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Readers Write: Why Online Provider Search and Referral Management Programs Demand High-Quality Provider Data

June 28, 2017 Readers Write 2 Comments

Why Online Provider Search and Referral Management Programs Demand High-Quality Provider Data
By Thomas White

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Thomas White is CEO of Phynd Technologies of Dallas, TX.

Healthcare systems, like any business, are competing for customers (patients) and referrals. In many respects, this competition has increased as patients are either forced to, or opt to, take more control over their own healthcare. The rise of consumerism is pressing healthcare systems to improve their online presence. Physicians and healthcare systems must fully leverage web tools to grow their customer base by empowering patients with the high-quality information they need to make important healthcare decisions.

The Internet has made it much easier for patients to search beyond their local area for the most qualified providers who meet their needs, participate in their insurance plan, and offer the highest-quality services. As a result of this new paradigm, healthcare systems must prioritize the quality and ongoing maintenance of the provider data that feeds their online “Find A Doctor” search and referral tools. Simply put, a poor search experience is a major turn-off. Patients may go elsewhere, referrals (and revenue) are lost, and reputation is damaged.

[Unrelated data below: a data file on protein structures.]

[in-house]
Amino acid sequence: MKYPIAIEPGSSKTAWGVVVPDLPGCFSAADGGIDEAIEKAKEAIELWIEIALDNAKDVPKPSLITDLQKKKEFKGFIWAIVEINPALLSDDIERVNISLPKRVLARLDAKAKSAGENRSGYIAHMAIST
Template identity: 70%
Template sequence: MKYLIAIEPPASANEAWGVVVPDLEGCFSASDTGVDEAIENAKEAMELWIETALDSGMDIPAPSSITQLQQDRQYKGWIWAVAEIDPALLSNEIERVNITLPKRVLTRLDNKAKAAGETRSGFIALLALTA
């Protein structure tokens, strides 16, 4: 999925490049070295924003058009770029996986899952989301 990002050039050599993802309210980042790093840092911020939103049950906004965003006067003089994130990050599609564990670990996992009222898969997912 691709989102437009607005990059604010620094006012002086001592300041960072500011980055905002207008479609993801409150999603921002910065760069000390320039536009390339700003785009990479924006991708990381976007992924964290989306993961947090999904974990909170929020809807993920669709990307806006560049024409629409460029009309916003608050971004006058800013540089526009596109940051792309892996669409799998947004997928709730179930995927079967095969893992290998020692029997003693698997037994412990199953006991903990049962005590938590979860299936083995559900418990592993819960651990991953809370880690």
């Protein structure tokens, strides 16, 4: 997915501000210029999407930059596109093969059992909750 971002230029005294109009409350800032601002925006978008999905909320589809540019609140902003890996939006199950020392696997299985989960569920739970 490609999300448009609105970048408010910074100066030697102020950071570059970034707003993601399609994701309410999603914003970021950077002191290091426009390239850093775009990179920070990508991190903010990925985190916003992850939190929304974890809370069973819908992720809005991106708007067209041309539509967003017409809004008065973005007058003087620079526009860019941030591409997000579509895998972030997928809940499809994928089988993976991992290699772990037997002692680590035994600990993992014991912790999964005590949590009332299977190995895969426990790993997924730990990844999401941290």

Patients and referring physicians alike expect to have the same online experience they would with Google and other search engines: instantly and easily find what they are looking for. Healthcare consumers satisfaction grows (and referrals are gained) when they can quickly find a doctor via a simple process that gives them useful information in easily understood terms. Accuracy is assumed.

Patients expect to see provider demographic, practice, insurance, and contact information with a few keystrokes. That’s a given. And when they are presented with more data than expected — such as the provider’s availability, ratings, languages spoken, clinical focus, research interests, treatments provided, and travel directions — even better.